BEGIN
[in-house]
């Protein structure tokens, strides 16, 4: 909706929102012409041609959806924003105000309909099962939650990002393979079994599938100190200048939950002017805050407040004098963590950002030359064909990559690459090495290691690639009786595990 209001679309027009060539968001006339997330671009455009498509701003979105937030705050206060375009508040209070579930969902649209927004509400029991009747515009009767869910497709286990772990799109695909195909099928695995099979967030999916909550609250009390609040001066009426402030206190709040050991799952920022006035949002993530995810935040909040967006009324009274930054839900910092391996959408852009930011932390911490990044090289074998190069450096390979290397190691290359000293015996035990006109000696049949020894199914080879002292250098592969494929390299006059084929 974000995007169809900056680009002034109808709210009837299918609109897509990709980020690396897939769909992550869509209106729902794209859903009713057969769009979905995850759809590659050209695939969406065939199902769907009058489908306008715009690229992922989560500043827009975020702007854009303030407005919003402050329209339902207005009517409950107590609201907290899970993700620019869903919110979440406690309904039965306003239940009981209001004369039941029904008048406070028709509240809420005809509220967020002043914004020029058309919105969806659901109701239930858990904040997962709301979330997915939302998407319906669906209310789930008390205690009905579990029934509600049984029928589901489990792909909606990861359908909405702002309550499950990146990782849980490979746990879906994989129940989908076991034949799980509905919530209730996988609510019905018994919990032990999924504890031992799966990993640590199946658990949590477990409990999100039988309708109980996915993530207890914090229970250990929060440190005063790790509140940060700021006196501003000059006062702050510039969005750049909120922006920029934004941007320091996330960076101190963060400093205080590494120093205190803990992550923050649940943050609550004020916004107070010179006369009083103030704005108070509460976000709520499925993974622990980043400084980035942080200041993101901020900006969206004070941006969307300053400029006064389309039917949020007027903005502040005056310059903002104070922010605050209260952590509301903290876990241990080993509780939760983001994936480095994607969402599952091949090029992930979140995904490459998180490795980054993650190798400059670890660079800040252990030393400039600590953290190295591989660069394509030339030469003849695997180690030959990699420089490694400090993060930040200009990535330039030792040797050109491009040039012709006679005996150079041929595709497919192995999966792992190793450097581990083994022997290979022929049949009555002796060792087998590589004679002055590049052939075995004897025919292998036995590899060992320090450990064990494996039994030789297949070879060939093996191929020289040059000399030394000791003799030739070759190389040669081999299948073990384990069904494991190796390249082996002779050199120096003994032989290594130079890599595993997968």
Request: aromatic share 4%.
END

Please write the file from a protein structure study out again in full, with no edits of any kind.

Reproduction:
[in-house]
């Protein structure tokens, strides 16, 4: 909706929102012409041609959806924003105000309909099962939650990002393979079994599938100190200048939950002017805050407040004098963590950002030359064909990559690459090495290691690639009786595990 209001679309027009060539968001006339997330671009455009498509701003979105937030705050206060375009508040209070579930969902649209927004509400029991009747515009009767869910497709286990772990799109695909195909099928695995099979967030999916909550609250009390609040001066009426402030206190709040050991799952920022006035949002993530995810935040909040967006009324009274930054839900910092391996959408852009930011932390911490990044090289074998190069450096390979290397190691290359000293015996035990006109000696049949020894199914080879002292250098592969494929390299006059084929 974000995007169809900056680009002034109808709210009837299918609109897509990709980020690396897939769909992550869509209106729902794209859903009713057969769009979905995850759809590659050209695939969406065939199902769907009058489908306008715009690229992922989560500043827009975020702007854009303030407005919003402050329209339902207005009517409950107590609201907290899970993700620019869903919110979440406690309904039965306003239940009981209001004369039941029904008048406070028709509240809420005809509220967020002043914004020029058309919105969806659901109701239930858990904040997962709301979330997915939302998407319906669906209310789930008390205690009905579990029934509600049984029928589901489990792909909606990861359908909405702002309550499950990146990782849980490979746990879906994989129940989908076991034949799980509905919530209730996988609510019905018994919990032990999924504890031992799966990993640590199946658990949590477990409990999100039988309708109980996915993530207890914090229970250990929060440190005063790790509140940060700021006196501003000059006062702050510039969005750049909120922006920029934004941007320091996330960076101190963060400093205080590494120093205190803990992550923050649940943050609550004020916004107070010179006369009083103030704005108070509460976000709520499925993974622990980043400084980035942080200041993101901020900006969206004070941006969307300053400029006064389309039917949020007027903005502040005056310059903002104070922010605050209260952590509301903290876990241990080993509780939760983001994936480095994607969402599952091949090029992930979140995904490459998180490795980054993650190798400059670890660079800040252990030393400039600590953290190295591989660069394509030339030469003849695997180690030959990699420089490694400090993060930040200009990535330039030792040797050109491009040039012709006679005996150079041929595709497919192995999966792992190793450097581990083994022997290979022929049949009555002796060792087998590589004679002055590049052939075995004897025919292998036995590899060992320090450990064990494996039994030789297949070879060939093996191929020289040059000399030394000791003799030739070759190389040669081999299948073990384990069904494991190796390249082996002779050199120096003994032989290594130079890599595993997968």
Request: aromatic share 4%.